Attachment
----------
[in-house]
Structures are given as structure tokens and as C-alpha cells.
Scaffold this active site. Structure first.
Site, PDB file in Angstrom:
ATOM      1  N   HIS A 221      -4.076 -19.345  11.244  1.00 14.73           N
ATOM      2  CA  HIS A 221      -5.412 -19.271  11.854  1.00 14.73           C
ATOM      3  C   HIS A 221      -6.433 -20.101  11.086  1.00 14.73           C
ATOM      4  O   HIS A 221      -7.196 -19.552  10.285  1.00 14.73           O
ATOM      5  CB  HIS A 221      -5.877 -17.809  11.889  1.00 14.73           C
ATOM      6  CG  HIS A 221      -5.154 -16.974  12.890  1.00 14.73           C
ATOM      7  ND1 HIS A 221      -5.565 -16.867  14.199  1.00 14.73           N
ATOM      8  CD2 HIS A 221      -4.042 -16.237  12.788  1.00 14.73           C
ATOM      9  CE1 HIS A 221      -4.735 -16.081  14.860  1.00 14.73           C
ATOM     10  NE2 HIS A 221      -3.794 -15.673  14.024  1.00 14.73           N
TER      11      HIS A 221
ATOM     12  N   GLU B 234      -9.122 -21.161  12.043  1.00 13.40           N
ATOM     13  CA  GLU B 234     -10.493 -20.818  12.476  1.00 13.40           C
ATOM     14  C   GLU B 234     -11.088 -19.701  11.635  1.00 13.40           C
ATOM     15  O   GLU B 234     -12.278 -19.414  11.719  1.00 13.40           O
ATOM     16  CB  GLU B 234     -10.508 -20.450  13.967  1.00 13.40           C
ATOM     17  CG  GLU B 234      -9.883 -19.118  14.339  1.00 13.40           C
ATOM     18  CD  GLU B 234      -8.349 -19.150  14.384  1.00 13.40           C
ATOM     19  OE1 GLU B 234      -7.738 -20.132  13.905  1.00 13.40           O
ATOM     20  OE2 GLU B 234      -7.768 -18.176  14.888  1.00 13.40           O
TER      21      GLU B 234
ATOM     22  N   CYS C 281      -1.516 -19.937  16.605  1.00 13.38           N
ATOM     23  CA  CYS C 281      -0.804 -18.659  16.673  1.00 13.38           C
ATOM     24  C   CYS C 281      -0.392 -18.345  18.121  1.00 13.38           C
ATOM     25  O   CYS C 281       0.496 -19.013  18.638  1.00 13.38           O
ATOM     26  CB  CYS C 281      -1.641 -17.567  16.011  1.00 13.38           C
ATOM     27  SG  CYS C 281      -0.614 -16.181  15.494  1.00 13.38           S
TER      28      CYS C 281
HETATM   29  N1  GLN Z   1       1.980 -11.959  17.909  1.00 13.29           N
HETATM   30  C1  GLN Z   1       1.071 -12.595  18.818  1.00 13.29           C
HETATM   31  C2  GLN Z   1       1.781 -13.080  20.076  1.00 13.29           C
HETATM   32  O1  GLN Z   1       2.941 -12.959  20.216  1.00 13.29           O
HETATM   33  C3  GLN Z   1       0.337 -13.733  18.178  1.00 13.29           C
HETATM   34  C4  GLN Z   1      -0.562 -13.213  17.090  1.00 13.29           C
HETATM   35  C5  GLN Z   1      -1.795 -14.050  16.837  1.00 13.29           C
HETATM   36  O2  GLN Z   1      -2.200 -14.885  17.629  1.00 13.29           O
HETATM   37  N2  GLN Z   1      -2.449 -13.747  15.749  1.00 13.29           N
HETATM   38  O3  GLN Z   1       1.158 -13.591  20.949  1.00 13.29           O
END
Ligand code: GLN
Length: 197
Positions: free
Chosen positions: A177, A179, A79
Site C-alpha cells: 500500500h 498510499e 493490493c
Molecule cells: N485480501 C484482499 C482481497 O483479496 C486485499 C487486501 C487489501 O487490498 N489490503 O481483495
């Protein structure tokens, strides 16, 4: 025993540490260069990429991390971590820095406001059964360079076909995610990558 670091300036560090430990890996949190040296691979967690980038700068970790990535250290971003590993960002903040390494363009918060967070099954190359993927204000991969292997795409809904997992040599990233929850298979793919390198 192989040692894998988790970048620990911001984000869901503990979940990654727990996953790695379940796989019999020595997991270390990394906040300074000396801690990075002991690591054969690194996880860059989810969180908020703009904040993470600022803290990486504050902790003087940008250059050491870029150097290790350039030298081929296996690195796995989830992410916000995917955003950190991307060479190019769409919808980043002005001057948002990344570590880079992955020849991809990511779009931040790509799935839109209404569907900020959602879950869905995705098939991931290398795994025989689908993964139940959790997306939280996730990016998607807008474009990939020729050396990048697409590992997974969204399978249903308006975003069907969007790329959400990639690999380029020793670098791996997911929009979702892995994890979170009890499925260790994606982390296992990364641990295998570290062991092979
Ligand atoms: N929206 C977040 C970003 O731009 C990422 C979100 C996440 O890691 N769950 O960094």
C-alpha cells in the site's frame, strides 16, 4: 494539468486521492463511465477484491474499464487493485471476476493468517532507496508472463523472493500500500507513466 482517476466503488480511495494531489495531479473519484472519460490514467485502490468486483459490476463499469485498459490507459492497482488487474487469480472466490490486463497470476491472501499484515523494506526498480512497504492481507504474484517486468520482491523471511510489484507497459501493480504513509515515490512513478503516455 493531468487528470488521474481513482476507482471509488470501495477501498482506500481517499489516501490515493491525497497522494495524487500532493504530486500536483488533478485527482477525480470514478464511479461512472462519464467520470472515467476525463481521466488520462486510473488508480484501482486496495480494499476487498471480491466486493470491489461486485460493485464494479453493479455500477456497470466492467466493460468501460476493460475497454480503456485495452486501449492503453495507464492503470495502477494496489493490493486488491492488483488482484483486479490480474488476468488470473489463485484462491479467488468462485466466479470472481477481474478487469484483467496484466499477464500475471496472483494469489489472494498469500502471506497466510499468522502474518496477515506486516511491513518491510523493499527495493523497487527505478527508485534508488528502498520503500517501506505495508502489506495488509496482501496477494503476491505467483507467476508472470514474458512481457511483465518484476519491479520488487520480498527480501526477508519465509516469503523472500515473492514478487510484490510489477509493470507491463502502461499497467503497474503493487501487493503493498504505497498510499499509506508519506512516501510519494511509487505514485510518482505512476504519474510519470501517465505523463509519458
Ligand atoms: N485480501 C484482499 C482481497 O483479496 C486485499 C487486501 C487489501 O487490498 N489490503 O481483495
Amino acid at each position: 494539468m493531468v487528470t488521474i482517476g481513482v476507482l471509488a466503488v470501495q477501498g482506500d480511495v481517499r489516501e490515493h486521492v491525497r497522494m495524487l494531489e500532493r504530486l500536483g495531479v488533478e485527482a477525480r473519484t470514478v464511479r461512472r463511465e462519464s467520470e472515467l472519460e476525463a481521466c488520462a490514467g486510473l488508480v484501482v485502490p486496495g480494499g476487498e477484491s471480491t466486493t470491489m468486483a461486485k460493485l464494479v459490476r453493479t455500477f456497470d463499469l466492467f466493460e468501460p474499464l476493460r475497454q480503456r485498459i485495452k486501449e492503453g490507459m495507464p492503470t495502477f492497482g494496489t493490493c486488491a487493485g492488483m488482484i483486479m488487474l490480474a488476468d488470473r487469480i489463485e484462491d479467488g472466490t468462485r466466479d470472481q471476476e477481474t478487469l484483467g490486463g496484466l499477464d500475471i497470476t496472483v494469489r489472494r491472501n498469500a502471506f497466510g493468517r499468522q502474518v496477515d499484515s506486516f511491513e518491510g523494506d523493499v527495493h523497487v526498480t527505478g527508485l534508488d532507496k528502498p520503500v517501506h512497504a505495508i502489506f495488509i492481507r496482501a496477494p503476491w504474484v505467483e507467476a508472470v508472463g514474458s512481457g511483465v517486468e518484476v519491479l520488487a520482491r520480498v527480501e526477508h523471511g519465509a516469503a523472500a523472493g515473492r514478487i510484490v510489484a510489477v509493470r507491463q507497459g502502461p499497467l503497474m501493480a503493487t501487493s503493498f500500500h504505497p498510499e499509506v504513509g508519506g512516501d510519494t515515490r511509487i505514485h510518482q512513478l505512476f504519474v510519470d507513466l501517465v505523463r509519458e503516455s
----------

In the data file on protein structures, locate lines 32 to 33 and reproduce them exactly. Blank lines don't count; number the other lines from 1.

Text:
TER      28      CYS C 281
HETATM   29  N1  GLN Z   1       1.980 -11.959  17.909  1.00 13.29           N